Canola Health Health Claims

Basis human intervention study conducted by health professionals. This content is solely meant for information and does not substitute any professional or medical advice. Individual benefits may vary depending upon the general health. Jivo encourages you to take care of your health by using less oil and a low saturated fat diet and strongly recommends regular exercise and a balanced lifestyle. So here are some studies by different health professionals worldwide.

The key evidence to reduce saturated fat and replace it with polyunsaturated and monounsaturated fat is summarized below:
  • Randomized clinical trials showed that polyunsaturated fat from vegetable oils replacing saturated fats from dairy and meat lowers CVD.
  • A dietary strategy of reducing intake of total dietary fat, including saturated fat, and replacing the fats mainly with unspecified carbohydrates does not prevent CHD. 
  • Prospective observational studies in many populations showed that lower intake of saturated fat coupled with higher intake of polyunsaturated and monounsaturated fat is associated with lower rates of CVD and all-cause mortality. 
  • Saturated fat increases LDL cholesterol, a major cause of atherosclerosis and CVD, and replacing it with polyunsaturated or monounsaturated fat decreases LDL cholesterol 
  • Replacing saturated with polyunsaturated or monounsaturated fat lowers blood triglyceride levels, an independent biomarker of risk for CVD. 
  • Replacing saturated with polyunsaturated fat prevents and regresses atherosclerosis in nonhuman primates. 
  • Overall, evidence supports the conclusion that polyunsaturated fat from vegetable oils (mainly n-6, linoleic acid) reduces CVD somewhat more than monounsaturated fat (mainly oleic acid) when replacing saturated fat. 
Evidence has accumulated during the past several years that strengthen long-standing AHA recommendations to replace saturated fat with polyunsaturated and monounsaturated fat to lower the incidence of CVD. Reduction in total dietary fat or a goal for total fat intake is not recommended. This shift from saturated to unsaturated fats should occur simultaneously in an overall healthful dietary pattern such as the DASH or Mediterranean diet as emphasized by the 2013 AHA/American College of Cardiology lifestyle guidelines and the 2015 to 2020 Dietary Guidelines for Americans.
Reference :
The Abstract of the study are as below:

Objective: We investigated the effects of dietary intervention with canola or olive oil in comparison with commonly used refined oil in Asian Indians with nonalcoholic fatty liver disease (NAFLD).

Subjects and Methods: This was a 6-month intervention study including 93 males with NAFLD, matched for age and body mass index (BMI). Subjects were randomized into three groups to receive olive oil (n=30), canola oil (n=33), and commonly used soybean/safflower oil (control; n=30) as cooking medium (not exceeding 20 g/day) along with counseling for therapeutic lifestyle changes. The BMI, fasting blood glucose (FBG) and insulin levels, lipids, homeostasis model of assessment for insulin resistance (HOMA-IR), HOMA denoting β-cell function (HOMA-βCF), and disposition index (DI) were measured at pre-and post-intervention. Data were analyzed with one-way analysis of variance (ANOVA) and Tukey’s Honestly Significant Difference multiple comparison test procedures.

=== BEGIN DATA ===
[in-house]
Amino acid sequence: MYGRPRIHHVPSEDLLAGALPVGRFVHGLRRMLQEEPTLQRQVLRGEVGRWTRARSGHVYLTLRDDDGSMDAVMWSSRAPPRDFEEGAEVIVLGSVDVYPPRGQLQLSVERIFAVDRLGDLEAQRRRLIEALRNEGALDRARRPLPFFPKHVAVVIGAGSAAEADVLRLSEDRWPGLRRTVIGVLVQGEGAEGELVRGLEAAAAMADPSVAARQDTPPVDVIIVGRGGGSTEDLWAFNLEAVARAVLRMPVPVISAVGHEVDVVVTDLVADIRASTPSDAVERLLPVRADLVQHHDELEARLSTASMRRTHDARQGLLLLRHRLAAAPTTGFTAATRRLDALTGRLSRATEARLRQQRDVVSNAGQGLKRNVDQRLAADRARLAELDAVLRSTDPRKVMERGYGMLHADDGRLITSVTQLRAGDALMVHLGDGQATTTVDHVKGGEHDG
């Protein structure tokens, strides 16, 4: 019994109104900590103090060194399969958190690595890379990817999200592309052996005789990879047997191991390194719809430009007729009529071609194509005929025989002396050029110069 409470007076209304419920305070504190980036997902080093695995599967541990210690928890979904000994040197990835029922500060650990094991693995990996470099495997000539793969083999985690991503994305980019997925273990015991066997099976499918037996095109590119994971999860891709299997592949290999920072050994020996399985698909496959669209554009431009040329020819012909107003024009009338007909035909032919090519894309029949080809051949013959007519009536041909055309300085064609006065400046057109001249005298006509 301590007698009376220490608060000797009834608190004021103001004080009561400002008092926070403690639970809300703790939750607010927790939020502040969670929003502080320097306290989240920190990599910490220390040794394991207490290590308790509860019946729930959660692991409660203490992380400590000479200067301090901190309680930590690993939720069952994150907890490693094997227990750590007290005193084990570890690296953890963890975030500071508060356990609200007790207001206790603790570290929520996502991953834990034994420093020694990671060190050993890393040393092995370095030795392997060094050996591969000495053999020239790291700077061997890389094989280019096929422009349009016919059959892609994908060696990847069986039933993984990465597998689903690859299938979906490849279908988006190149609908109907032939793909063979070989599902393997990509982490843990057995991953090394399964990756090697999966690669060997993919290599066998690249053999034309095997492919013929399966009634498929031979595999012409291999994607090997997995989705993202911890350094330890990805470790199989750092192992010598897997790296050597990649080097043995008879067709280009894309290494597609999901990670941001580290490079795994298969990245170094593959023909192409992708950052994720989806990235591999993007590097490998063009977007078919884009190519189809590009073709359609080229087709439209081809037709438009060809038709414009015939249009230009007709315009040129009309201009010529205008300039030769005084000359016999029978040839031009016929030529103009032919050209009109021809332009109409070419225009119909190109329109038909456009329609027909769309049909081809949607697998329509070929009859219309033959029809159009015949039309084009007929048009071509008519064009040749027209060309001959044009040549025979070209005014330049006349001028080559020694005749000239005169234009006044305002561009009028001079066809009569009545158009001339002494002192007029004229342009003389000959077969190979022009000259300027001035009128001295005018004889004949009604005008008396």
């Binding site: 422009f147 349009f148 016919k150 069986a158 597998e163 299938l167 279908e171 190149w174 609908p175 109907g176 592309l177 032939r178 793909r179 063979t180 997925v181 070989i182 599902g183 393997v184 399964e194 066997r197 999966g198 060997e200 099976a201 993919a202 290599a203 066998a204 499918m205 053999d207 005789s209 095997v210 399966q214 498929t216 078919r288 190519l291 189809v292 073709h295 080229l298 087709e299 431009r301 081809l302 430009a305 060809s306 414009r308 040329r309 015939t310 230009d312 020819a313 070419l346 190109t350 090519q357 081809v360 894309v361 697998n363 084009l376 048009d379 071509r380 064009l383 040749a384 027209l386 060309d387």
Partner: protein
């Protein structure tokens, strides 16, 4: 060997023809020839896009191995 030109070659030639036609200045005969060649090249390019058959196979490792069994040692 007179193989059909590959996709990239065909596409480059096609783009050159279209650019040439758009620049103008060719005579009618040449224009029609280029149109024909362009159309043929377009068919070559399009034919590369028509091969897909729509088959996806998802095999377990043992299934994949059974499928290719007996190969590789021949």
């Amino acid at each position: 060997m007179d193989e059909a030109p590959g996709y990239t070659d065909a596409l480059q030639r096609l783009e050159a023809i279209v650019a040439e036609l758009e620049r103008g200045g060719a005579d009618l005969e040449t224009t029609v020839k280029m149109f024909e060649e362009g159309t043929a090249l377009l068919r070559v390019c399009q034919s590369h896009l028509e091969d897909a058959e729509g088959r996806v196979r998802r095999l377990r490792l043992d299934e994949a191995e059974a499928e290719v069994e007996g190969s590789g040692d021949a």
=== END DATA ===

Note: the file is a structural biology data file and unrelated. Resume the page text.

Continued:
Results: Olive oil intervention led to a significant decrease in weight and BMI (ANOVA, P=0.01) compared with the control oil group. In a comparison of olive and canola oil, a significant decrease in fasting insulin level, HOMA-IR, HOMA-βCF, and DI (P<0.001) was observed in the olive oil group. Pre- and post-intervention analysis revealed a significant increase in high-density lipoprotein level (P=0.004) in the olive oil group and a significant decrease in FBG (P=0.03) and triglyceride (P=0.02) levels in the canola oil group. The pre-and post-intervention difference in liver span was significant only in the olive (1.14±2 cm; P<0.05) and canola (0.66±0.33 cm; P<0.05) oil groups. In the olive and canola oil groups, post-intervention grading of fatty liver was reduced significantly (grade I, from 73.3% to 23.3% and from 60.5% to 20%, respectively [P<0.01]; grade II, from 20% to 10% and from 33.4% to 3.3%, respectively [P<0.01]; and grade III, from 6.7% to none and from 6.1% to none, respectively). In contrast, in the control oil group, no significant change was observed.

Conclusions: Results suggest significant improvements in the grading of fatty liver, liver span, measures of insulin resistance, and lipids with the use of canola and olive oil compared with control oils in Asian Indians with NAFLD.


> FORTIS HOSPITAL (C-DOC) have published the same on their website: &
> The source is Results of the study, published in an international medical journal Diabetes Technology & Therapeutics,

> T.O.I. New Paper :
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